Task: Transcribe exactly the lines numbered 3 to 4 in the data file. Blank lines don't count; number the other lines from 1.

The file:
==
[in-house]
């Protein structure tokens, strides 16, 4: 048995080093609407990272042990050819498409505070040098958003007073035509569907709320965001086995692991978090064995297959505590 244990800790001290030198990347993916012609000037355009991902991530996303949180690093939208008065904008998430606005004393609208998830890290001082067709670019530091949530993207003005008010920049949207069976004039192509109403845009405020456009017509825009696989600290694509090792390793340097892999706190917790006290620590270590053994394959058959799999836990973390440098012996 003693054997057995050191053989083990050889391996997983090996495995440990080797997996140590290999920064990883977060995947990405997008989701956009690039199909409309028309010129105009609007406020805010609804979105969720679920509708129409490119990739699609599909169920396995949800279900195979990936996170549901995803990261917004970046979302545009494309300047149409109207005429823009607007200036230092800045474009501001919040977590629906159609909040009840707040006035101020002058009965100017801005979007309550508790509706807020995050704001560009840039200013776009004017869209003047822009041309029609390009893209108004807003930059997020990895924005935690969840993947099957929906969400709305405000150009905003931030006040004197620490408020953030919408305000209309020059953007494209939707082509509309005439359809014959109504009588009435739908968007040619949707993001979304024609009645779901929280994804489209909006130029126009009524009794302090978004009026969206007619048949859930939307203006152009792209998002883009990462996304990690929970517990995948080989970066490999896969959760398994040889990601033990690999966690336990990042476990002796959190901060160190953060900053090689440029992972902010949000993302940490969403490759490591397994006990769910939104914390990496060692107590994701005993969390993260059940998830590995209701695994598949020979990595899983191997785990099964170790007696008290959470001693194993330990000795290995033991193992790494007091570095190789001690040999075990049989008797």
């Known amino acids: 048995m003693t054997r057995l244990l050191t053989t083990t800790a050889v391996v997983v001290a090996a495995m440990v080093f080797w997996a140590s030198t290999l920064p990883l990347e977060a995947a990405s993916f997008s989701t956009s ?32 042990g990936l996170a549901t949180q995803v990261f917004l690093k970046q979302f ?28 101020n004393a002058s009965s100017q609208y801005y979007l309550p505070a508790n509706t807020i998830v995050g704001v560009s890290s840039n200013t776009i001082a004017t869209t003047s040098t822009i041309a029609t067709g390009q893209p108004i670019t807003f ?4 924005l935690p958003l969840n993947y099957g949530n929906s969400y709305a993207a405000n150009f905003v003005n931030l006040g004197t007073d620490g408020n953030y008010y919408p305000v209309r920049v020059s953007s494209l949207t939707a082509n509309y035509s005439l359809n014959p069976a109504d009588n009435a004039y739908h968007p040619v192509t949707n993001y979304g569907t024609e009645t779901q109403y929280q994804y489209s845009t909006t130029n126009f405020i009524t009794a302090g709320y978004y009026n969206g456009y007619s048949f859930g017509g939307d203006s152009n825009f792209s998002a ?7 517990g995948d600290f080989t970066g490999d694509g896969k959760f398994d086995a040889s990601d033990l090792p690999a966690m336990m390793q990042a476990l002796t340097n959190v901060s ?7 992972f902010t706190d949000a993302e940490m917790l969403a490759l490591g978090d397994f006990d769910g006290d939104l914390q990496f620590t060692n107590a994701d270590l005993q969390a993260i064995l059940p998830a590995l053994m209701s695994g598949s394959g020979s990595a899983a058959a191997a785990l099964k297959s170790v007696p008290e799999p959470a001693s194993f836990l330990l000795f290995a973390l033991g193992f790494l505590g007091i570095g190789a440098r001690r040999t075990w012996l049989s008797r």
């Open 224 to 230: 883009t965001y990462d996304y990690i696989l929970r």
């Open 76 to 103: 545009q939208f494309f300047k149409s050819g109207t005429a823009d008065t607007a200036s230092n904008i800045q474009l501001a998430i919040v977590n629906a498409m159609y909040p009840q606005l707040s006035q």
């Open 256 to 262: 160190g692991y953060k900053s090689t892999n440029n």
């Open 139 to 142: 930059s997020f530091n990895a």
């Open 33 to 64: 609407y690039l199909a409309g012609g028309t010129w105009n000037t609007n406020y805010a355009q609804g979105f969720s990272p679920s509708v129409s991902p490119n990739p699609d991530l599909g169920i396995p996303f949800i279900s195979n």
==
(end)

């Known amino acids: 048995m003693t054997r057995l244990l050191t053989t083990t800790a050889v391996v997983v001290a090996a495995m440990v080093f080797w997996a140590s030198t290999l920064p990883l990347e977060a995947a990405s993916f997008s989701t956009s ?32 042990g990936l996170a549901t949180q995803v990261f917004l690093k970046q979302f ?28 101020n004393a002058s009965s100017q609208y801005y979007l309550p505070a508790n509706t807020i998830v995050g704001v560009s890290s840039n200013t776009i001082a004017t869209t003047s040098t822009i041309a029609t067709g390009q893209p108004i670019t807003f ?4 924005l935690p958003l969840n993947y099957g949530n929906s969400y709305a993207a405000n150009f905003v003005n931030l006040g004197t007073d620490g408020n953030y008010y919408p305000v209309r920049v020059s953007s494209l949207t939707a082509n509309y035509s005439l359809n014959p069976a109504d009588n009435a004039y739908h968007p040619v192509t949707n993001y979304g569907t024609e009645t779901q109403y929280q994804y489209s845009t909006t130029n126009f405020i009524t009794a302090g709320y978004y009026n969206g456009y007619s048949f859930g017509g939307d203006s152009n825009f792209s998002a ?7 517990g995948d600290f080989t970066g490999d694509g896969k959760f398994d086995a040889s990601d033990l090792p690999a966690m336990m390793q990042a476990l002796t340097n959190v901060s ?7 992972f902010t706190d949000a993302e940490m917790l969403a490759l490591g978090d397994f006990d769910g006290d939104l914390q990496f620590t060692n107590a994701d270590l005993q969390a993260i064995l059940p998830a590995l053994m209701s695994g598949s394959g020979s990595a899983a058959a191997a785990l099964k297959s170790v007696p008290e799999p959470a001693s194993f836990l330990l000795f290995a973390l033991g193992f790494l505590g007091i570095g190789a440098r001690r040999t075990w012996l049989s008797r």
């Open 224 to 230: 883009t965001y990462d996304y990690i696989l929970r």